In this article, I will discuss a common problem today among young people, the “millennials.” In it I will be tough on them; however, this is because I care about them and want them to succeed as strong and virtuous young men. So, fasten your seatbelts! Trigger warning: Snowflakes will be offended.
Tom is a recent college graduate. After college, he moved back home with his parents and found an entry-level position with a local company. However, aside from work, Tom spends much of his time in his parents’ basement playing video games, viewing Internet pornography, and texting. Although he likes going to clubs on weekends with his buddies, he does not date. He stopped going to church when we went away to college. Tom’s parents are worried about his future, but are at a loss as to what to do.
I often hear stories like this from concerned parents. There seems to be an epidemic of young people who lack direction or ambition to make something of their lives. What has happened to millennials? The answer I believe is in the parenting they received. These young people have parents who love them very much and wanted the best for them. However, in pursuing this goal, they overindulged their children. These kids never knew failure. They rarely heard the word “no.” In striving to protect their self-esteem, these kids participated in sports leagues where everyone received a trophy and in school their grades were inflated. None of this really prepared them for life. Instead, we ended up extending their adolescence well into their 20s.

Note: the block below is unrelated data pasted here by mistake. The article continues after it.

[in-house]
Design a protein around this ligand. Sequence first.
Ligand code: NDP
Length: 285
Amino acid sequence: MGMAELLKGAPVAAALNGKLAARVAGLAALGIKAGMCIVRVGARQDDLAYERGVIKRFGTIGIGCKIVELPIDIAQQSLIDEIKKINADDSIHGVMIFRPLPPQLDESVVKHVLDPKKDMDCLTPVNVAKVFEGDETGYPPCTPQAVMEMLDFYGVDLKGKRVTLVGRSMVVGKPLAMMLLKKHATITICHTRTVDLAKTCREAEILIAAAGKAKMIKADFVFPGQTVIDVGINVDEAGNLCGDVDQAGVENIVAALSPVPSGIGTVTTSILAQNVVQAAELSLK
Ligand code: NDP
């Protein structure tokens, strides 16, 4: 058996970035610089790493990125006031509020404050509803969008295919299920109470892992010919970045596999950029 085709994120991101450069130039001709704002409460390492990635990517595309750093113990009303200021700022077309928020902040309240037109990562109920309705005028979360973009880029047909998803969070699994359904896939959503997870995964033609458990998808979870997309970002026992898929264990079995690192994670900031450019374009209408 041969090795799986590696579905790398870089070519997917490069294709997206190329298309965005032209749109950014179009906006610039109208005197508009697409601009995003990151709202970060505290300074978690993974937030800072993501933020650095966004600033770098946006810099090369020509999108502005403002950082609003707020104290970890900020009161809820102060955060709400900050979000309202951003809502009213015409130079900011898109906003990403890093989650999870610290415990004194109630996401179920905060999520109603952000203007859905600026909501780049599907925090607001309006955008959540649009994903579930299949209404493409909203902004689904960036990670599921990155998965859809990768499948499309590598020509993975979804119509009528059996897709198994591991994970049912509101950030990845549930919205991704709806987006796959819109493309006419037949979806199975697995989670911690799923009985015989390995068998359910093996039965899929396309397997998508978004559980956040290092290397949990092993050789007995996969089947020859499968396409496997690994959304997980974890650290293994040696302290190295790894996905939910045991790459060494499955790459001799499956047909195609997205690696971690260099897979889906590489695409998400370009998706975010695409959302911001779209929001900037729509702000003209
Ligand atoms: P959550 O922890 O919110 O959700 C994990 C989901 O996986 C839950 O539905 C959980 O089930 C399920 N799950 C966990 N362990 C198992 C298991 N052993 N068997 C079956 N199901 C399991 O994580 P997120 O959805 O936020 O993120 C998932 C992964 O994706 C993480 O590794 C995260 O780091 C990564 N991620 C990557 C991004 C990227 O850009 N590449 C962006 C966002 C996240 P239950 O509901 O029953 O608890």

The result of this is a generation that doesn’t know how to deal with failure or adversity, and they often have a weak work ethic. They don’t understand that upon graduating college, their first job will not be an executive position, and they will probably be doing “grunt work” and earning “peanuts” for several years before their careers begin to take off. They see this as a great injustice. They are the “snowflakes.” Instead of facing the world head-on with all its challenges, they drop out and consume their lives with video games, pornography, the Internet and social media.
Now, luckily not everyone falls into this category. If you’re not one of these millennials, congratulations! You’ve grown up. If you are one of these millennials, it’s time to toughen up. If you are over 18, neither your parents nor life owe you anything. Life has been given to you, so you are the one in debt, the own that owes the world. You need to go out into the world and create a successful life for yourself. This will not happen in your parent’s basement. Adolescence ended at 18. You are now an adult. You need to act like an adult. There are no “safe spaces” or “trigger warnings” in the real world. Out in the real world, you will face adversity and failure. You need to be able to face them and learn from them. Don’t be afraid to make mistakes. You will gain much wisdom from them and they will lead you on the path to success.
The best way to deal with the challenges of the real world and succeed in it is to embrace God’s mission for all men: to become a strong and virtuous leader, provider, and protector. Striving to meet this goal daily will help you mature into the man God created you to be. You will be admired by your employer and coworkers. You will have a strong work ethic. You will be able to work well independently and with others. This will overflow into your personal life where you will have healthier relationships. Ultimately it will lead you to grow in virtues such as faith, hope, love, trustworthiness, compassion, courage, loyalty, kindness, etc. People will see you as a mature, responsible young adult with good leadership qualities. This is what will lead to success!
(For parents, it’s important to remember that we don’t raise children. We raise adults. Young adulthood is not a time to be easy on your kids. Remind them daily that they are deeply loved, but you want to love them as an adult and not a boy – they are no longer adolescents. Demand they live and act like mature, responsible, and virtuous adults. It may take some tough love, but in the end, you and your kids will be grateful.)